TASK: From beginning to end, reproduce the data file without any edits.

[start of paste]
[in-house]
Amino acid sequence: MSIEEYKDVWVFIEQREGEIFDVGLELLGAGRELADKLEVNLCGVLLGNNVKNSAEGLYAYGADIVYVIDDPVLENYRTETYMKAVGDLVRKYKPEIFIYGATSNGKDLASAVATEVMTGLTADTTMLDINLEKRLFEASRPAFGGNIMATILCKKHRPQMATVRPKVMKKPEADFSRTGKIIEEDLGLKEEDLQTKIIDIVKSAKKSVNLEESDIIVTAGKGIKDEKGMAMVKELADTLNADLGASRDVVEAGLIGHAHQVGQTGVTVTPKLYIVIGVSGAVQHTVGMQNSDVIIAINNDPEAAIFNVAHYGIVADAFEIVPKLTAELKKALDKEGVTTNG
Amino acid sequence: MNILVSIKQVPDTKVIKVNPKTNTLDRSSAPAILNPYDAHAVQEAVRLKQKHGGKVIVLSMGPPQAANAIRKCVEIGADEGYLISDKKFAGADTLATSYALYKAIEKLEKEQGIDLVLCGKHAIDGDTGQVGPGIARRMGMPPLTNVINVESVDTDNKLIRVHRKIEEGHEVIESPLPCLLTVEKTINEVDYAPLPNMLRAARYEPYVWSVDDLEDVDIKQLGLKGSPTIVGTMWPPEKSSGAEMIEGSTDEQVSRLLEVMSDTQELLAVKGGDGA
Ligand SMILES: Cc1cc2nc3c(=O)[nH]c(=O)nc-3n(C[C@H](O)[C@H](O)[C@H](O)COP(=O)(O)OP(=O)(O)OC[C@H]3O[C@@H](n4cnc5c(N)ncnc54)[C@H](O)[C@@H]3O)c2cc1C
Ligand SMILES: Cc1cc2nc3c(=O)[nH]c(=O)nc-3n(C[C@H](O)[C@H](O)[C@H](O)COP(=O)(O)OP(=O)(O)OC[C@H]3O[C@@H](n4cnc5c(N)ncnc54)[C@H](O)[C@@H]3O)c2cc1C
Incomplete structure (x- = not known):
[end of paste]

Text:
[in-house]
Amino acid sequence: MSIEEYKDVWVFIEQREGEIFDVGLELLGAGRELADKLEVNLCGVLLGNNVKNSAEGLYAYGADIVYVIDDPVLENYRTETYMKAVGDLVRKYKPEIFIYGATSNGKDLASAVATEVMTGLTADTTMLDINLEKRLFEASRPAFGGNIMATILCKKHRPQMATVRPKVMKKPEADFSRTGKIIEEDLGLKEEDLQTKIIDIVKSAKKSVNLEESDIIVTAGKGIKDEKGMAMVKELADTLNADLGASRDVVEAGLIGHAHQVGQTGVTVTPKLYIVIGVSGAVQHTVGMQNSDVIIAINNDPEAAIFNVAHYGIVADAFEIVPKLTAELKKALDKEGVTTNG
Amino acid sequence: MNILVSIKQVPDTKVIKVNPKTNTLDRSSAPAILNPYDAHAVQEAVRLKQKHGGKVIVLSMGPPQAANAIRKCVEIGADEGYLISDKKFAGADTLATSYALYKAIEKLEKEQGIDLVLCGKHAIDGDTGQVGPGIARRMGMPPLTNVINVESVDTDNKLIRVHRKIEEGHEVIESPLPCLLTVEKTINEVDYAPLPNMLRAARYEPYVWSVDDLEDVDIKQLGLKGSPTIVGTMWPPEKSSGAEMIEGSTDEQVSRLLEVMSDTQELLAVKGGDGA
Ligand SMILES: Cc1cc2nc3c(=O)[nH]c(=O)nc-3n(C[C@H](O)[C@H](O)[C@H](O)COP(=O)(O)OP(=O)(O)OC[C@H]3O[C@@H](n4cnc5c(N)ncnc54)[C@H](O)[C@@H]3O)c2cc1C
Ligand SMILES: Cc1cc2nc3c(=O)[nH]c(=O)nc-3n(C[C@H](O)[C@H](O)[C@H](O)COP(=O)(O)OP(=O)(O)OC[C@H]3O[C@@H](n4cnc5c(N)ncnc54)[C@H](O)[C@@H]3O)c2cc1C
Incomplete structure (x- = not known):